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The Washoe County Registrar of Voters office on June 8, 2020. (David Calvert/The Nevada Independent)

Nevada Republicans and President Trump are spouting all kinds of canards about the new vote-by-mail law, but former Sen. Dean Heller just showed how brazenly they will lie.

In an interview on Wednesday with Fox News, Heller declared that it will be easy for Nevadans to vote twice, once by mail and once in person. “I just asked the secretary of state [Barbara Cegavske]… what happens if someone votes by mail and then goes in and votes again?... She says ‘nothing.’”

I don’t know what Ms. Cegavske told our one and a half term senator, but it is provably false that someone can vote twice without getting caught. Many and probably most would be caught on the spot.

As soon as your mail-in ballot is received, the election system records the fact that you have voted. If you then show up in person on Election Day, the system will immediately flag you if your mail-in ballot has arrived. If your ballot hasn’t yet arrived, the system will record your in-person vote and then automatically block the mail-in ballot when it comes in.  

“If you show up to vote in person, the system will immediately show if your absentee ballot has come in,” says Doug Goodman, founder and executive director of Nevadans for Election Reform, a nonpartisan group. “If your absentee ballot arrives after you’ve voted in person, the system will show that as well.”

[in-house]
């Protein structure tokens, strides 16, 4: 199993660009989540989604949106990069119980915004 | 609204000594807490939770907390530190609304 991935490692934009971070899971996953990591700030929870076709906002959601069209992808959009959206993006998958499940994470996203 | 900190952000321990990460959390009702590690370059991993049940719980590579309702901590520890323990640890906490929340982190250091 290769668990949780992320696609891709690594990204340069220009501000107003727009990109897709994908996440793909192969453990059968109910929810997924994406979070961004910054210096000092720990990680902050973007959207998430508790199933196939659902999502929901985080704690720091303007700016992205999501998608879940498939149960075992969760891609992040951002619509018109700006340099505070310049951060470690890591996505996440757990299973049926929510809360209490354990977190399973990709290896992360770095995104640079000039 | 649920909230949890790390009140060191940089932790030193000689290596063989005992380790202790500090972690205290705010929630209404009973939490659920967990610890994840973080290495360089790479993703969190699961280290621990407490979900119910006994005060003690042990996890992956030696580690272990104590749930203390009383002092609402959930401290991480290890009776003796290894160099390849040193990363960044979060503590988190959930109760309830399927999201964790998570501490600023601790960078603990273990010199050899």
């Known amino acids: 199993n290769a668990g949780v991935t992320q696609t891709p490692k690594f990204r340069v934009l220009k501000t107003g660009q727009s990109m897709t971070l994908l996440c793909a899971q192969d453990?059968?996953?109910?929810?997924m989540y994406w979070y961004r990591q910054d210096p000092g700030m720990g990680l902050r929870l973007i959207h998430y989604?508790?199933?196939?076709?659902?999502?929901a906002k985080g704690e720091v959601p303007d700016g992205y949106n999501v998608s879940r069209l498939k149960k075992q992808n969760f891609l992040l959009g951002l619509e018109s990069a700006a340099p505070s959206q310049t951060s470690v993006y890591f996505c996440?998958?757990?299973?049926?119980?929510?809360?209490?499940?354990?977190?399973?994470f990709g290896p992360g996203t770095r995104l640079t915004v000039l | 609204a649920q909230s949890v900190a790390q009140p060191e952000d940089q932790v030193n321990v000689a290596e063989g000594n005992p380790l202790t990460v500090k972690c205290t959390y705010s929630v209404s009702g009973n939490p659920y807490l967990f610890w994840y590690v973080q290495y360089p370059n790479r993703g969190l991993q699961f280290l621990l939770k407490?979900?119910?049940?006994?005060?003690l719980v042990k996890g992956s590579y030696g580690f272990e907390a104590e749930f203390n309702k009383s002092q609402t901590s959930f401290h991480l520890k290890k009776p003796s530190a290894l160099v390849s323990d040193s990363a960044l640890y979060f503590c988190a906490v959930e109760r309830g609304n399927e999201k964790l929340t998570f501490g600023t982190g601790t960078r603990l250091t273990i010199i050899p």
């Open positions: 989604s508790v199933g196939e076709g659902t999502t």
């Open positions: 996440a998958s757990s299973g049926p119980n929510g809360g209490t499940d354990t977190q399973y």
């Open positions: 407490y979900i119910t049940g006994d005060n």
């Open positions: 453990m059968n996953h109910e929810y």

You can see this how this works for yourself in the "Processing Voters" section of Washoe County's instruction handbook for poll workers:

It would be bone-headed to even think about voting twice. You almost certainly will be caught committing voter fraud, which is a felony. You’d also be caught lying to the government, a second felony.  Anyone who wants to vote in person, after having received a mail-in ballot, either has to bring in that ballot or sign a statement confirming that they haven’t yet voted.

This is not new. Nevada has used mail-in voting for years, and the record is good. Heller knows this. The new law mainly makes it easier: Active registered voters will get a ballot without having to request one first.

Heller knows this. After all, he himself was once the secretary of state. 

Trump and the GOP have twisted themselves into pretzels in their jihad against mail-in voting. First they warned that mail-in voting spurs fraud, even though the evidence is minimal. Then they argued that “absentee ballots” were fine in states like Florida, where lots of elderly Republicans and Trump himself vote by mail.  Now they’re arguing that in-person voting promotes fraud too.   

We all know the GOP’s real fear: mail-in voting is likely to increase turnout, and Republicans are convinced that will be bad for their side. The other goal, at least for Trump, is to delegitimize the election itself in order to dismiss a losing result as “rigged.”  In the long run, that may be the biggest threat to democracy.

Edmund L. Andrews is a former economics reporter for The New York Times, and also worked as economics editor and deputy magazine editor at National Journal. He is currently an independent writer and consultant in Washington, D.C. and California.

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